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Connecticut State Flag

John Brown

Born: May 9, 1800
Place: Torrington, Connecticut
Died: December 2, 1859
Place: Charles Town, West Virginia

John Brown John Brown was born on May 9, 1800 in Torrington, Connecticut. He was raised by his parents under strict religious and moral principles. At an early age, John Brown became an ardent believer in the wrongs of slavery. His father also held strong anti-slavery beliefs. When John Brown was five years old, his family left Connecticut and moved to Hudson, Ohio. Here his abhorrence of slavery became even stronger. Personally witnessing the abuse of a young black slave, he is said to have pledged "to wage an eternal war against slavery." He took his pledge seriously, very seriously, and actively fought for this cause throughout his entire life.

While living in Hudson, John Brown married his first wife, and began raising a family. He married again later in life, and in all he fathered twenty children, twelve surviving past childhood. He ingrained all his children with his fierce anti-slavery passion. There was never much money in the Brown households. He and his family raised some of their food, and they kept sheep. John provided meager incomes by dressing out leather and land surveying. But his focus was always on the abolition of slavery.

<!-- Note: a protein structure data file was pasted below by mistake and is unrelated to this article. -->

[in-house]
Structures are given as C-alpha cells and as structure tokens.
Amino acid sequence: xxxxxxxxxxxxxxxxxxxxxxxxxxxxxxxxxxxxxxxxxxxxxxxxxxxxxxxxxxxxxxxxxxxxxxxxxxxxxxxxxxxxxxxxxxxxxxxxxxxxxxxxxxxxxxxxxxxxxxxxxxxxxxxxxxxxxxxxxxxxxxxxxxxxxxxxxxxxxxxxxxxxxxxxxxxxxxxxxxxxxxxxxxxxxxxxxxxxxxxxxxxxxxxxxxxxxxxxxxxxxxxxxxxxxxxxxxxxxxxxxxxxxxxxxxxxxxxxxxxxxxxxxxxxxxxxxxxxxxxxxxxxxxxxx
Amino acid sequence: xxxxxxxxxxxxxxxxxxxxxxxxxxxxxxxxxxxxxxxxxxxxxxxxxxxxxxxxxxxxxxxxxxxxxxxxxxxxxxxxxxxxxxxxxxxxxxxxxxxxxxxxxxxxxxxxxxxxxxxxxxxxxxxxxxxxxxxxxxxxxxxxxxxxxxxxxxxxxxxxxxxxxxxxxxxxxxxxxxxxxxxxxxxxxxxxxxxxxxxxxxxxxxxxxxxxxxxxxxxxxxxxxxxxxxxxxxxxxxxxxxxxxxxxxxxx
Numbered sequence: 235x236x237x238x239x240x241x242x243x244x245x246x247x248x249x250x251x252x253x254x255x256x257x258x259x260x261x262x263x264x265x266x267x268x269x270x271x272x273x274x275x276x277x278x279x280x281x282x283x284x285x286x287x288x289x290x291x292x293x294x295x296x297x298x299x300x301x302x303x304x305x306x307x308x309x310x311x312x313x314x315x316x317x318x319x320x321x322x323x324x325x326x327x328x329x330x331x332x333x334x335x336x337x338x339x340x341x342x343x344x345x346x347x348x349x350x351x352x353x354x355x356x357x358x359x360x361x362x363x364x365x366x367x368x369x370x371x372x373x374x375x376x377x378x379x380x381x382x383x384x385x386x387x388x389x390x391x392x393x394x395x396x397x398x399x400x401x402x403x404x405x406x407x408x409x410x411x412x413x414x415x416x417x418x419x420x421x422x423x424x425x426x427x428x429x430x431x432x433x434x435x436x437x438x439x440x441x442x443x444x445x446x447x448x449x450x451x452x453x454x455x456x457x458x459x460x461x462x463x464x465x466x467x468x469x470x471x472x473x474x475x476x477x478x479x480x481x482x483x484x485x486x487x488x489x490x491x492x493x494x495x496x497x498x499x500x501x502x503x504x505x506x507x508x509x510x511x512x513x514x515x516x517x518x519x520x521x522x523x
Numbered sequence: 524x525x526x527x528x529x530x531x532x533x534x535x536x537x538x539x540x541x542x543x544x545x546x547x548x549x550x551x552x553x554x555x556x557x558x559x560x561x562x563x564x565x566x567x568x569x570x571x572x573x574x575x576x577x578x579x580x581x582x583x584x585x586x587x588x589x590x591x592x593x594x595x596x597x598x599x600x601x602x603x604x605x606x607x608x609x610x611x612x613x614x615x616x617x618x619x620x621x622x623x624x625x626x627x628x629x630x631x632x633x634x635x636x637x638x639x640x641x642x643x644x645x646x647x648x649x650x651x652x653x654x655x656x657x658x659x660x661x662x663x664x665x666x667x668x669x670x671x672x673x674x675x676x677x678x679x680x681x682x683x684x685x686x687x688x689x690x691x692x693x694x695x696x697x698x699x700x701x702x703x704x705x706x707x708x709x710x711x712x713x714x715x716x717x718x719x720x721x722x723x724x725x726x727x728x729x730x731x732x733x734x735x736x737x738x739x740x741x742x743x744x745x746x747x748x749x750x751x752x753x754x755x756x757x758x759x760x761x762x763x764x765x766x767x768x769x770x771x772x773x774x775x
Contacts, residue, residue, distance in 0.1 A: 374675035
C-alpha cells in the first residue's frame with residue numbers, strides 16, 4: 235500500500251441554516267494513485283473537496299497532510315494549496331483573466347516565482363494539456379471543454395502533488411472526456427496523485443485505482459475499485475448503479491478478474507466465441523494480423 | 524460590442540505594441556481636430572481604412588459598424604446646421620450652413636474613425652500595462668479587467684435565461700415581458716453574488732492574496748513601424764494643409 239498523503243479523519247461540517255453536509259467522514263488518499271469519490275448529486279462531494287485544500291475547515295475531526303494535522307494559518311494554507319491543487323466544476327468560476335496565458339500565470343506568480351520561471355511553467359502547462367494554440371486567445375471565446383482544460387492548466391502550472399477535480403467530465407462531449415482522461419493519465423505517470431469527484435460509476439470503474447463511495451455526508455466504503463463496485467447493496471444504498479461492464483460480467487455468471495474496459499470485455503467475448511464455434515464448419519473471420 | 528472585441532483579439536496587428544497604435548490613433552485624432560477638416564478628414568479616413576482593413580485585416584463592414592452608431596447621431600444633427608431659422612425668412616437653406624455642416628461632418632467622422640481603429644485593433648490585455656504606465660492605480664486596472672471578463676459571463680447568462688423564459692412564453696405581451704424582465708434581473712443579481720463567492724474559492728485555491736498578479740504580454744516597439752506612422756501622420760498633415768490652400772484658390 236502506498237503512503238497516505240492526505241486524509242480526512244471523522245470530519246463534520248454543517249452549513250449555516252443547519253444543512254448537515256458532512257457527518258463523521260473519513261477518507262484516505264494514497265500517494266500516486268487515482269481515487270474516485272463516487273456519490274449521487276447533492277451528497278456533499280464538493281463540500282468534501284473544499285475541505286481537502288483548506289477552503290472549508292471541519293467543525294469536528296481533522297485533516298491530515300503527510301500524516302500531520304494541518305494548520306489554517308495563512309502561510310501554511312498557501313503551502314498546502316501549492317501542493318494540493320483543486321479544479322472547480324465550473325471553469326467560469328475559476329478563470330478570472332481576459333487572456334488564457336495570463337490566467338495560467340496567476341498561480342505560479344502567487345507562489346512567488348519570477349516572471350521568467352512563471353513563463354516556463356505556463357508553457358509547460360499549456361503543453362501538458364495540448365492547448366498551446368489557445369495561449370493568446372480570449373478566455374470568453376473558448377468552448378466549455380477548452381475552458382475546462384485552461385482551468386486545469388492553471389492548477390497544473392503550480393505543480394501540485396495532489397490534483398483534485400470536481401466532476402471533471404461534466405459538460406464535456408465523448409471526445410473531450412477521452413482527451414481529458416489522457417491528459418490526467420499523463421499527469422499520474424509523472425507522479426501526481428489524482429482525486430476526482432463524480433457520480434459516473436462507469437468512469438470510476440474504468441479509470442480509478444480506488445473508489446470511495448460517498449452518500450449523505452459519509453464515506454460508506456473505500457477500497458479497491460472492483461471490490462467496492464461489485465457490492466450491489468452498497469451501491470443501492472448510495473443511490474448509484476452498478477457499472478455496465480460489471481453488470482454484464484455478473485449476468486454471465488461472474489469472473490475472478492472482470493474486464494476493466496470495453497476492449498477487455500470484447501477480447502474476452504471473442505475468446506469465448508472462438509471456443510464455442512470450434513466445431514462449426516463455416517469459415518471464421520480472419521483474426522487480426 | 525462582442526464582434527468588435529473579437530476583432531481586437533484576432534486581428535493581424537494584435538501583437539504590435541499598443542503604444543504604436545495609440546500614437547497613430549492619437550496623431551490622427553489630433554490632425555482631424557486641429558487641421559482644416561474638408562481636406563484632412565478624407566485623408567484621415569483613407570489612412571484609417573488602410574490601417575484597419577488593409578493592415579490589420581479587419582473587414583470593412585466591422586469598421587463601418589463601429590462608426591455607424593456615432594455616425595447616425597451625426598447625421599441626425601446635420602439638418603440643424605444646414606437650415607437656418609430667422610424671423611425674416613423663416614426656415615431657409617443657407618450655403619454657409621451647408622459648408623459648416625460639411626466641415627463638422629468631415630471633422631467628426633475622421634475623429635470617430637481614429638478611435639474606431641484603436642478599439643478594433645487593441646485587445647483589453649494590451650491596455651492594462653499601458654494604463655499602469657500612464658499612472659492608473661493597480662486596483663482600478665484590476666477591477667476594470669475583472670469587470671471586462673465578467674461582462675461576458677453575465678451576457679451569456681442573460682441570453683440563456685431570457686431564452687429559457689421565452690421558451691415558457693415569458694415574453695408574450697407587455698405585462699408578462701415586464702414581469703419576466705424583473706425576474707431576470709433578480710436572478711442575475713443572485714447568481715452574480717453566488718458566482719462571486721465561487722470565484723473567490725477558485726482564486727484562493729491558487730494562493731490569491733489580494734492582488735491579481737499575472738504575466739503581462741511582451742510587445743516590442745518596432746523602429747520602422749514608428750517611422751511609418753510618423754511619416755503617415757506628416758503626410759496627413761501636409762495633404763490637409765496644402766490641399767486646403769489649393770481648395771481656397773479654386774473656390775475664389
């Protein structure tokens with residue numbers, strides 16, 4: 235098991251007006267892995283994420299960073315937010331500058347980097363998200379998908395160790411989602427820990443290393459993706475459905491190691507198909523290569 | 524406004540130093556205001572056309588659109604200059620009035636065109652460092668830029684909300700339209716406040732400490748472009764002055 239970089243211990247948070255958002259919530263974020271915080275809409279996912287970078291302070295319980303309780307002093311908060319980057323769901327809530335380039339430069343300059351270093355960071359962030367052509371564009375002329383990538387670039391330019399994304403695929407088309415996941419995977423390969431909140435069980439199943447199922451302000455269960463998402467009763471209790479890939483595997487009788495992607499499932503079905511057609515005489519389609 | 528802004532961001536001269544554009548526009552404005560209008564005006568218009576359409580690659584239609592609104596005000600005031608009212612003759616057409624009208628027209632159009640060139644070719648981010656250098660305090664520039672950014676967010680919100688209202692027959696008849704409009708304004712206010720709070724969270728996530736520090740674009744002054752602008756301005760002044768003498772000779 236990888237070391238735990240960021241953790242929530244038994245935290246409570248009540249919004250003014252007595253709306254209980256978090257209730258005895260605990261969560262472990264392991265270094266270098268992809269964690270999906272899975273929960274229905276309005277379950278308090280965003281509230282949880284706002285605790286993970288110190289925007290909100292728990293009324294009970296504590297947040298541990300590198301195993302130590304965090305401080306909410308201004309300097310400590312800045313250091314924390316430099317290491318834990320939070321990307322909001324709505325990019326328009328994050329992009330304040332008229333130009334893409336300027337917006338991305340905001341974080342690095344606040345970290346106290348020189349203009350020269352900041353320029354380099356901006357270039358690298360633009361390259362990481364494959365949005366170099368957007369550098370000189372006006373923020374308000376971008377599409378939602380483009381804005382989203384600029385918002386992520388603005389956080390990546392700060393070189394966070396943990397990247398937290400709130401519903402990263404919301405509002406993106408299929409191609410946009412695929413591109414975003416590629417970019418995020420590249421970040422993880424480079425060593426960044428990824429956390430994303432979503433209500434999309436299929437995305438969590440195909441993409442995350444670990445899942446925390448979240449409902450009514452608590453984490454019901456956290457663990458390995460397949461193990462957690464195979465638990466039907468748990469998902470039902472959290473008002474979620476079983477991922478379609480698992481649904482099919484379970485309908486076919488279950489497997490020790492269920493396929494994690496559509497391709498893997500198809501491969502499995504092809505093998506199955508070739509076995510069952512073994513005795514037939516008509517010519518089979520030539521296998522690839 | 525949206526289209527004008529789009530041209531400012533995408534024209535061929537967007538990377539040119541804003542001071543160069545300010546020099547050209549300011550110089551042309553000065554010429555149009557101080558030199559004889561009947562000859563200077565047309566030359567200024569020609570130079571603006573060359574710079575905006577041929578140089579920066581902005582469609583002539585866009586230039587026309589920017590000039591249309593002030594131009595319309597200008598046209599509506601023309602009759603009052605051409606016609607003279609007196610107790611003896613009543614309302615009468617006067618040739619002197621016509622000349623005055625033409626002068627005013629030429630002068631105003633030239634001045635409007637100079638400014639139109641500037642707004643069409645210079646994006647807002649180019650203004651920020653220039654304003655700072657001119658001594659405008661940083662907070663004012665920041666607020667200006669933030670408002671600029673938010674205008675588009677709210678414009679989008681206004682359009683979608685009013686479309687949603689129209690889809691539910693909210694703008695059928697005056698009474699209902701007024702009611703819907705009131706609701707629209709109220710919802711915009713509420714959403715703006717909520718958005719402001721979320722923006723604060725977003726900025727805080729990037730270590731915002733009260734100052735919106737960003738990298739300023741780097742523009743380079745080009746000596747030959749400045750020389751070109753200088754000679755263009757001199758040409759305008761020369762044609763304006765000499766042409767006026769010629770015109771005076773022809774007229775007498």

For a period of time around 1834, John Brown was in Pennsylvania, organizing abolitionist-minded citizens to create havens where young black people could come and get some schooling. In 1835 he was organizing similar groups back in Ohio. Later on, he did the same in Massachusetts. His belief was that the more groups like this he could organize, the sooner the slave states would have to recognize the trend and adopt emancipation. He traveled to Virginia, and planned colonies for black people there on tracts of land owned by Oberlin College. Then in 1848, he headed to North Elba in New York, where Gerrit Smith had set aside 100,000 acres of northern land to be used by black people who wanted to clear the land and set up small farms. Brown actually purchased some of this land himself so that he could be there to work with the homesteaders. All during these years, John Brown relied heavily on the backing of his own large family, who tended the farm and provided financial and physical assistance to him. But now John Brown had become widely known in abolitionist circles, and he began receiving contributions from these supporters. This support enabled John Brown to travel more frequently organizing resistance to slavery. It also freed some of his family members to spend more time on their mission to end slavery. In the 1850's, as states were lining up as "free" states vs. "slave" states, the territory of Kansas was ripe for admission to the Union. The Kansas-Nebraska Act of 1854 stipulated that Kansas could vote to declare itself a free state or not. Of course, there were those who wanted Kansas to join as "free" and those who wanted to see the territory declare itself a "slave" state. Many people saw Kansas as a pivotal battleground on the issue. So, people from both persuasions began moving into the territory to bolster the numbers on their preferred side. Five of John Brown's sons moved to Kansas to swell the anti-slavery ranks. John Brown soon followed. The issue was so divisive that militants on both sides began campaigns of violence and retaliation. Bloody battles followed, and John Brown continued to rise in national prominence even as his own views became increasingly militant.